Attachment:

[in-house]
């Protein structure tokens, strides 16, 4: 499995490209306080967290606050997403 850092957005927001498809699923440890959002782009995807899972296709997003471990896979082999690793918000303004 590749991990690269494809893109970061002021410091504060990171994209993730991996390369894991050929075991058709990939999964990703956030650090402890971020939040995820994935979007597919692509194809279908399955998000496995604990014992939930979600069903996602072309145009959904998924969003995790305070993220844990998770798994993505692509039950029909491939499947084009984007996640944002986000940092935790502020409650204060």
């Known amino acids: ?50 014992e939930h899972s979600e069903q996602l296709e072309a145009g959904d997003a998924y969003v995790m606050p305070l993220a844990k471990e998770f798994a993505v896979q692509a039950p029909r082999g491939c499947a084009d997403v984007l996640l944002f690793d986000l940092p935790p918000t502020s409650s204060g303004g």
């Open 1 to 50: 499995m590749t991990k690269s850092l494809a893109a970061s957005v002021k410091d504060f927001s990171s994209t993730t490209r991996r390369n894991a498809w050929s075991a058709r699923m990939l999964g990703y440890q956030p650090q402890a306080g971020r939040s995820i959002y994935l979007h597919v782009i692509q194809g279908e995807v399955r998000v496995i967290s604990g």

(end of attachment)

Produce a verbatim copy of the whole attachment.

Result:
[in-house]
């Protein structure tokens, strides 16, 4: 499995490209306080967290606050997403 850092957005927001498809699923440890959002782009995807899972296709997003471990896979082999690793918000303004 590749991990690269494809893109970061002021410091504060990171994209993730991996390369894991050929075991058709990939999964990703956030650090402890971020939040995820994935979007597919692509194809279908399955998000496995604990014992939930979600069903996602072309145009959904998924969003995790305070993220844990998770798994993505692509039950029909491939499947084009984007996640944002986000940092935790502020409650204060």
């Known amino acids: ?50 014992e939930h899972s979600e069903q996602l296709e072309a145009g959904d997003a998924y969003v995790m606050p305070l993220a844990k471990e998770f798994a993505v896979q692509a039950p029909r082999g491939c499947a084009d997403v984007l996640l944002f690793d986000l940092p935790p918000t502020s409650s204060g303004g």
């Open 1 to 50: 499995m590749t991990k690269s850092l494809a893109a970061s957005v002021k410091d504060f927001s990171s994209t993730t490209r991996r390369n894991a498809w050929s075991a058709r699923m990939l999964g990703y440890q956030p650090q402890a306080g971020r939040s995820i959002y994935l979007h597919v782009i692509q194809g279908e995807v399955r998000v496995i967290s604990g």